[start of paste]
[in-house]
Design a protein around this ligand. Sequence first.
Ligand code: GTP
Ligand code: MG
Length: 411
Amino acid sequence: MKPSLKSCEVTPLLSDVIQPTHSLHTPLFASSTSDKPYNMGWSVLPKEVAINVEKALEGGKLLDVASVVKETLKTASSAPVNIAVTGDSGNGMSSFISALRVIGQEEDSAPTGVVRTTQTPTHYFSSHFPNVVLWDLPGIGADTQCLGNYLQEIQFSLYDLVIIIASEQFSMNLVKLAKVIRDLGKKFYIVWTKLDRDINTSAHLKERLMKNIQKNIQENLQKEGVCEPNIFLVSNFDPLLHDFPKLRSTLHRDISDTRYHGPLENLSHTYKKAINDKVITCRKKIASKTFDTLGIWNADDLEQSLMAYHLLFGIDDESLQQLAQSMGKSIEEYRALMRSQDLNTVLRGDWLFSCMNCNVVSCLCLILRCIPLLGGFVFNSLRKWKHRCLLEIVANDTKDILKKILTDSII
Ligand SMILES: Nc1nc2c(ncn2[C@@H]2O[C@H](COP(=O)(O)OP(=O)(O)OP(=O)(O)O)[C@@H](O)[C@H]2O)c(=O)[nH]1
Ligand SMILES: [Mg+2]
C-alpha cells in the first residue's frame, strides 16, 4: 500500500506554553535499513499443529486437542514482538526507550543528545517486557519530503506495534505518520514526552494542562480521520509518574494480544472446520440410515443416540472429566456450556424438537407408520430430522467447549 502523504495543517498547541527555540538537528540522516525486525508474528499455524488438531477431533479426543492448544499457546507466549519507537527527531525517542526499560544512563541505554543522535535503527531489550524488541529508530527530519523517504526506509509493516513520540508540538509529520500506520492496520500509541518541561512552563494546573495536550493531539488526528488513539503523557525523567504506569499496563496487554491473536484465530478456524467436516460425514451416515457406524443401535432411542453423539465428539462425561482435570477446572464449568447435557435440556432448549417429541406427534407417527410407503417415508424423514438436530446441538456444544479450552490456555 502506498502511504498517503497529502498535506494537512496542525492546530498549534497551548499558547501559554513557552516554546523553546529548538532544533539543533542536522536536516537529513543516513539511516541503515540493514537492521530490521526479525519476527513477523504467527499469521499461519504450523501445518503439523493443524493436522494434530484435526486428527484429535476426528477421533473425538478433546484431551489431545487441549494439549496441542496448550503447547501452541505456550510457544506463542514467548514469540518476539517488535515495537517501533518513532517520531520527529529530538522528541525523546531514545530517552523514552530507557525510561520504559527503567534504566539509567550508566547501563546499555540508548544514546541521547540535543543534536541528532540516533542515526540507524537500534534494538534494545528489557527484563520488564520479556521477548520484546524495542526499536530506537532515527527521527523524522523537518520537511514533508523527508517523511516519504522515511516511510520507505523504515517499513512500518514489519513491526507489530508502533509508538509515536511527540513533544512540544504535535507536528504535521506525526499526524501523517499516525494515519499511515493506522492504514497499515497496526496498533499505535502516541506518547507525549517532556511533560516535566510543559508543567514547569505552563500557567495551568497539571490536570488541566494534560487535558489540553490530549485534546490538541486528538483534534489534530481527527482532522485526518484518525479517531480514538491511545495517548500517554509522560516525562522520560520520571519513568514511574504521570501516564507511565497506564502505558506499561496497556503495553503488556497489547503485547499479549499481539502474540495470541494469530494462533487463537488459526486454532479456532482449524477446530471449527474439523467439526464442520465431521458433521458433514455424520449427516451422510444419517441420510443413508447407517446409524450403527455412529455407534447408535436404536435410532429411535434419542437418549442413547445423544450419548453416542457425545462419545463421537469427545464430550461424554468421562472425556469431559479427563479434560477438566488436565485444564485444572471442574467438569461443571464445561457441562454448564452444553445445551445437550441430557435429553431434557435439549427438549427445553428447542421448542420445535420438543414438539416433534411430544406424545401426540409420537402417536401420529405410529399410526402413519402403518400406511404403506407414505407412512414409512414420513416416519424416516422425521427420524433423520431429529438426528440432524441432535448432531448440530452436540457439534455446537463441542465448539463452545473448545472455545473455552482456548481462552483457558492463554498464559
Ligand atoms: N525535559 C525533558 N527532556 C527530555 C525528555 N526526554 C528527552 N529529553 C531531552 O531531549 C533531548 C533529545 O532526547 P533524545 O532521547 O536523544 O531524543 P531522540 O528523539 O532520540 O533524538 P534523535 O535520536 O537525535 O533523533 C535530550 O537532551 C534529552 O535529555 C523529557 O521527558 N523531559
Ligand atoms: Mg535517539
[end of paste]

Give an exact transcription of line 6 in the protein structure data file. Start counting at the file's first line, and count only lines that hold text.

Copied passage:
Amino acid sequence: MKPSLKSCEVTPLLSDVIQPTHSLHTPLFASSTSDKPYNMGWSVLPKEVAINVEKALEGGKLLDVASVVKETLKTASSAPVNIAVTGDSGNGMSSFISALRVIGQEEDSAPTGVVRTTQTPTHYFSSHFPNVVLWDLPGIGADTQCLGNYLQEIQFSLYDLVIIIASEQFSMNLVKLAKVIRDLGKKFYIVWTKLDRDINTSAHLKERLMKNIQKNIQENLQKEGVCEPNIFLVSNFDPLLHDFPKLRSTLHRDISDTRYHGPLENLSHTYKKAINDKVITCRKKIASKTFDTLGIWNADDLEQSLMAYHLLFGIDDESLQQLAQSMGKSIEEYRALMRSQDLNTVLRGDWLFSCMNCNVVSCLCLILRCIPLLGGFVFNSLRKWKHRCLLEIVANDTKDILKKILTDSII